Year 6 Leaver’s Video

Over the last few weeks all the children in Year 6 have been busy creating their leaver’s video; a signed version of Reach. With the support and guidance of Jenny Skivington the children learnt to sign the song, create their own props and plan their locations to film. It has been a lot of fun and we hope you enjoy watching it as much as we enjoyed making it.

Goodbye and Good Luck Year 6!

Name the Sponge competition – closing date 28th February

Unique purple sponge needs name on North Norfolk’s chalk reef

Almost ten years after a completely new species of sponge was identified on the North Norfolk chalk reef, it still doesn’t have an official name.

The Marine Conservation Society’s Agents of Change project is calling on local children to usetheir creativity to come up with a catchy name for a so far anonymous purple sponge found onNorth Norfolk’s chalk reef.

The sponge was recognised as special by volunteer Seasearch divers more than ten years ago.Purple is an unusual colour in the marine environment, especially in the world of sponges wheremost are orange or yellow. Sponges may be simple animals, but a single species can be different colours and shapes, which can make identification tricky! Many sponges can only be identifiedusing a microscope.

Sponge expert, Dr Claire Goodwin, then at National Museums Northern Ireland confirmed thesponge was new to science and part of the Hymedesmiidae family during a seaweed survey just off Sheringham and West Runton in 2011.
Sponges help to keep our seawater clean by filter feeding, consuming tiny particles of food thatfloat by. There are over 11,000 different species globally and our purple one is ‘encrusting’, meaning it adopts the shape of whatever it covers. It lives in Cromer Shoal Chalk Beds MarineConservation Zone, a precious area of local seabed that needs to be taken care of.

Every documented living thing on Earth has a ‘scientific name’ and many have ‘common names’.Scientific names show where a species sits on the tree of life and usually use words of Latin or Greek origin. When a new species is discovered, it has to be described, classified and accepted by the scientific community to gain its own, unique scientific name. This lengthy and costly process hasn’t happened yet for this special purple Norfolk resident.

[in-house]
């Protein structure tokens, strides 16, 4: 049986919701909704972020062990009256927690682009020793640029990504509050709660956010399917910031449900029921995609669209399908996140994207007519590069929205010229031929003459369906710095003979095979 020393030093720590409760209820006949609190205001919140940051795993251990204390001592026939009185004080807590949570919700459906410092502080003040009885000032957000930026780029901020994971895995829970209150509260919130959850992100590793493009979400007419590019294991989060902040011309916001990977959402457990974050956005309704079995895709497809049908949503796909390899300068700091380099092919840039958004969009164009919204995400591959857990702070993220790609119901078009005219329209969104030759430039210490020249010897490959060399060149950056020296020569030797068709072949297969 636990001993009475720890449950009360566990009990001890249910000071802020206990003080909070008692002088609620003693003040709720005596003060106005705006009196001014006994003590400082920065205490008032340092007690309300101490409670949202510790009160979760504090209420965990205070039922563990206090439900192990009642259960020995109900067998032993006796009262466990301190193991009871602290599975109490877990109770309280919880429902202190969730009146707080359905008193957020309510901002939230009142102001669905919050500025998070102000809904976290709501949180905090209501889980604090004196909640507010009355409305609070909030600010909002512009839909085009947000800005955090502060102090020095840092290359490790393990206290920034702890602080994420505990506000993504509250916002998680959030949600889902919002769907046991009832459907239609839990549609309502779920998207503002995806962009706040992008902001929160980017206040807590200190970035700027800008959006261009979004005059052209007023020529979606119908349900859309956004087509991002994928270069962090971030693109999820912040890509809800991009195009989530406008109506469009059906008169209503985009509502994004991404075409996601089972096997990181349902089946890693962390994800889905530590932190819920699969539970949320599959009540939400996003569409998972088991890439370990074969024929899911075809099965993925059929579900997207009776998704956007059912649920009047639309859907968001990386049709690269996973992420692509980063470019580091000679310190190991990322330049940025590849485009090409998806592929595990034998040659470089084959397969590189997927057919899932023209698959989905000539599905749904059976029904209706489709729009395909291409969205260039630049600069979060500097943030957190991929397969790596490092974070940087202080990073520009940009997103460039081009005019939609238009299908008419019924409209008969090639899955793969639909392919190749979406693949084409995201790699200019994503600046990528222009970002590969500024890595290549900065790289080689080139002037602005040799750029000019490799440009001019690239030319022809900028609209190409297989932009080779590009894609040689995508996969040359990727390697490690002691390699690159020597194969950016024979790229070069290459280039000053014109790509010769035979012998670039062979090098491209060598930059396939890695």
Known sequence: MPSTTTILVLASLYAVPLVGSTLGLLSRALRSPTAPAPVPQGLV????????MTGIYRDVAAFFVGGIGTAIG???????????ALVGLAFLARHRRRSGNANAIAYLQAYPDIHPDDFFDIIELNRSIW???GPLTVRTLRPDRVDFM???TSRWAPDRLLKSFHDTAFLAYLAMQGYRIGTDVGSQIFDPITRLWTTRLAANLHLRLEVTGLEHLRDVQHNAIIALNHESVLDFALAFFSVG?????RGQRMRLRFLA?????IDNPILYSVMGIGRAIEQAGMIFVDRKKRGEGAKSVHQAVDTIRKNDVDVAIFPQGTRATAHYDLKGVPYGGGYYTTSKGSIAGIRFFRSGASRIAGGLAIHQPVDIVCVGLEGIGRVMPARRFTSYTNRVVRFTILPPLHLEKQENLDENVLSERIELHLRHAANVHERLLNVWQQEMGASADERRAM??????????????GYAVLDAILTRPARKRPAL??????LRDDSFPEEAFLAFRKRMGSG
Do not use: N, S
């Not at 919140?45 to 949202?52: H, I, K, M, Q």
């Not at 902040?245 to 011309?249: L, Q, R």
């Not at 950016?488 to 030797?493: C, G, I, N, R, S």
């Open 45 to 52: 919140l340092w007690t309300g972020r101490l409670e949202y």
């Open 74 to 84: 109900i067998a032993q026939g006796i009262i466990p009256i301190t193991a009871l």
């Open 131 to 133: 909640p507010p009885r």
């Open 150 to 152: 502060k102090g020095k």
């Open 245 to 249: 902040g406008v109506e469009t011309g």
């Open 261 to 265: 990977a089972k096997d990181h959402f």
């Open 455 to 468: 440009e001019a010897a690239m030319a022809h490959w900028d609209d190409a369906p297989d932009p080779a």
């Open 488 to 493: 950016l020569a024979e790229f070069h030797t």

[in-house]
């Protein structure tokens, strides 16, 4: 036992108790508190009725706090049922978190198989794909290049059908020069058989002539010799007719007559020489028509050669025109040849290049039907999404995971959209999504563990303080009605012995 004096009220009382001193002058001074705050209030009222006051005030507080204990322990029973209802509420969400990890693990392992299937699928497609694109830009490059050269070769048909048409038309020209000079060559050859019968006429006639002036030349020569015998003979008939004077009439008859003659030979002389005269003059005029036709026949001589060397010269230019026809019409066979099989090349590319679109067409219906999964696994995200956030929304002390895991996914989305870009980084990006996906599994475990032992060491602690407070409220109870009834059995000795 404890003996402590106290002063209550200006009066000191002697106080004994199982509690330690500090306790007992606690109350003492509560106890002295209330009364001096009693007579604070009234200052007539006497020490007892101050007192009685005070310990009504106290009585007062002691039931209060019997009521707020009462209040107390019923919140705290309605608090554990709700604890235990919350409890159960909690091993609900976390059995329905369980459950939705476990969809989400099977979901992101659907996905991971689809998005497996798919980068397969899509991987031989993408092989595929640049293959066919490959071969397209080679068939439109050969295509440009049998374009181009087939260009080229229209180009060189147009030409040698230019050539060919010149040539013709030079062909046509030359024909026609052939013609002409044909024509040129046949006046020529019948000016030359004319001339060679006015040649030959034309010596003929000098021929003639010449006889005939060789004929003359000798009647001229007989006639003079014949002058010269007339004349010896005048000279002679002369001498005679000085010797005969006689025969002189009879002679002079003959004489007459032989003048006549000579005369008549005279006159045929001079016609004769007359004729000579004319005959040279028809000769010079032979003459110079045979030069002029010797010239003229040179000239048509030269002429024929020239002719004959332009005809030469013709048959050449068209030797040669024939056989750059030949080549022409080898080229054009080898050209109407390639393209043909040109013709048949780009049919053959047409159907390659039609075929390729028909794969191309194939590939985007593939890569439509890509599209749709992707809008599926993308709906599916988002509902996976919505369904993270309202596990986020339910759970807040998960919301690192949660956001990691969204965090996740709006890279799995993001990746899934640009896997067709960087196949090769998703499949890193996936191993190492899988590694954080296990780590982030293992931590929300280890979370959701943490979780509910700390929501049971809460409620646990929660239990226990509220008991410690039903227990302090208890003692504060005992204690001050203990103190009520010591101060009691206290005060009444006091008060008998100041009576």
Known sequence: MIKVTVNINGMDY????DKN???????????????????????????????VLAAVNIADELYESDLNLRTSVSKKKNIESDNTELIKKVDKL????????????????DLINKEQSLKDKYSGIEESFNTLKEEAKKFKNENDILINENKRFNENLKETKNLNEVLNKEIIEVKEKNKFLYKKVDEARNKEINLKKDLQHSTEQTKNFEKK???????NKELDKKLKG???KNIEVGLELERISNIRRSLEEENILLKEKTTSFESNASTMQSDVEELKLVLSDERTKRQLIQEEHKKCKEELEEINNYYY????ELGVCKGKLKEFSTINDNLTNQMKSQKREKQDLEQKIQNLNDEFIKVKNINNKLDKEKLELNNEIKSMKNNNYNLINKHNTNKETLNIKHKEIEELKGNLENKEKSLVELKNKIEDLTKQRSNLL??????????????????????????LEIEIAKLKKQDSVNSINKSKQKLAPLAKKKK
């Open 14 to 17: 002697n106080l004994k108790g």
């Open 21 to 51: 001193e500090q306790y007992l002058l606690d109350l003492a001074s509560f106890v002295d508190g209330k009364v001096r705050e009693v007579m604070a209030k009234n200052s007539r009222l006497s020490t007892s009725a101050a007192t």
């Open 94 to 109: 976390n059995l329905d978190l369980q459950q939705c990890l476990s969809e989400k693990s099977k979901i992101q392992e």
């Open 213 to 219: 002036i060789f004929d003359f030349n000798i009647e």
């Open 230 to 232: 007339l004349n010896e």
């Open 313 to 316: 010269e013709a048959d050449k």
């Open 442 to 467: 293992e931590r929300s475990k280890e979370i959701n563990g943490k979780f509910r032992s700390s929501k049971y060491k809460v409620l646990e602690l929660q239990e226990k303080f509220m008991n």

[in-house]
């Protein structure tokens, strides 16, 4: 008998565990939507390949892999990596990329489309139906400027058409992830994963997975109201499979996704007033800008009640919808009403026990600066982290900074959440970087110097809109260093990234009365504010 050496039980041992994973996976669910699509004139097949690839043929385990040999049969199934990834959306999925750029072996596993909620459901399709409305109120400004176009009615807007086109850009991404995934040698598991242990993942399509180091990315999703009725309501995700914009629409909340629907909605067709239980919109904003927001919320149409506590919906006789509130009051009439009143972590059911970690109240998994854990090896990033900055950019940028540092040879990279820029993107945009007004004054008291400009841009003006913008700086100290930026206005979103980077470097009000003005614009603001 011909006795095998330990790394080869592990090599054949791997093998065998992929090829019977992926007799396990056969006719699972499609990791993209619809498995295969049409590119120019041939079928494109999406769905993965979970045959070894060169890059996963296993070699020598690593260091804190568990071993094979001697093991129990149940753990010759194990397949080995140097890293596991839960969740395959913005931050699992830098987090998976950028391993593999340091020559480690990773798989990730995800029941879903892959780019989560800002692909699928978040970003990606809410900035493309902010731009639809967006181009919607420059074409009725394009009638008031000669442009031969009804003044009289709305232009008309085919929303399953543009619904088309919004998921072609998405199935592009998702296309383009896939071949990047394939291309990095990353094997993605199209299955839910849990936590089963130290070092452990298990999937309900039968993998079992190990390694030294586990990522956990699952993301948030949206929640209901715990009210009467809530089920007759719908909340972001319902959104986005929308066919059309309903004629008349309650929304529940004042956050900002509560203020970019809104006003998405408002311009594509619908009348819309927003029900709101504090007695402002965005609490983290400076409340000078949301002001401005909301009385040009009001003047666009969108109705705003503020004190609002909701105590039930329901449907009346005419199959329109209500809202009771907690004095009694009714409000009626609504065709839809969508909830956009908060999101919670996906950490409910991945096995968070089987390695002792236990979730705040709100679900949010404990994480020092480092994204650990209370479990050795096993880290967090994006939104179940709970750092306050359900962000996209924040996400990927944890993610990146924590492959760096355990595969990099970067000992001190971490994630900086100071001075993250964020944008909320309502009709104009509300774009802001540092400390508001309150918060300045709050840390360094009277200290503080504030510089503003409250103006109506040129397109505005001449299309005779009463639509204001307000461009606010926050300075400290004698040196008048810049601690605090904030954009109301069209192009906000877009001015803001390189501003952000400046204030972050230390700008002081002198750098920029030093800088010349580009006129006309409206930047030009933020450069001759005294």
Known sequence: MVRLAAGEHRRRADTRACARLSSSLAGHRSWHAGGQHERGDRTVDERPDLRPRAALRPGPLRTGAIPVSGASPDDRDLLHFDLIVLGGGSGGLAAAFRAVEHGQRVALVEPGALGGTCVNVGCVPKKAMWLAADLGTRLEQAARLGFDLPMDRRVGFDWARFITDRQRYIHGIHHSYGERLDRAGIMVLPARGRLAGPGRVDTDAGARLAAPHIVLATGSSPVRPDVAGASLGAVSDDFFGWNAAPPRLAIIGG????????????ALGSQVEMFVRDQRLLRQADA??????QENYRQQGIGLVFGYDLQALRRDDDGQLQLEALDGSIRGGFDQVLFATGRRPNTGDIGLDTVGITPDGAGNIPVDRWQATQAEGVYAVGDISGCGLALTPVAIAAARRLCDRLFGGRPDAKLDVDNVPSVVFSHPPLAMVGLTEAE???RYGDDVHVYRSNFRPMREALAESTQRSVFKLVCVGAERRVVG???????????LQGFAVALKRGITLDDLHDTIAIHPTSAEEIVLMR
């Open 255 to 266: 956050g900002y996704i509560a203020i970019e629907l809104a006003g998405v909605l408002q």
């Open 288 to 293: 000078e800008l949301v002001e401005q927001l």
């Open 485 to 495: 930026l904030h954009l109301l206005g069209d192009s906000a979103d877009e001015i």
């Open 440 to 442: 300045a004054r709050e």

In the meantime, the Agents of Change project wants to help the researchers by finding aninspiring common name; for this unusual animal, with assistance from local youngsters.Common names are the ones used every day for animals and plants. For example, the Ediblecrab, scientific name Cancer pagurus, lives all around Britain. Edible crabs caught locally arefamously known as Cromer crabs. Because the purple sponge is unique to Norfolk, the winningcommon name may always be the first choice for everyone who ever discusses it!The best name will be chosen carefully by an expert and interested panel. All the creative andcolourful suggestions will compete to give this new underwater animal an identity it can be proud of… In truth, sponges are actually quite modest creatures so we can be proud on its behalf!

Schools, or home schooling parents, should register their interest by emailing Agents of Change Norfolk Coordinator Hilary Cox at hilary.cox22@gmail.com by 28th February 2021.

You can find out more about the purple sponge, and the search for its name, by watching thischarming animation. The seabed is a fun place to be!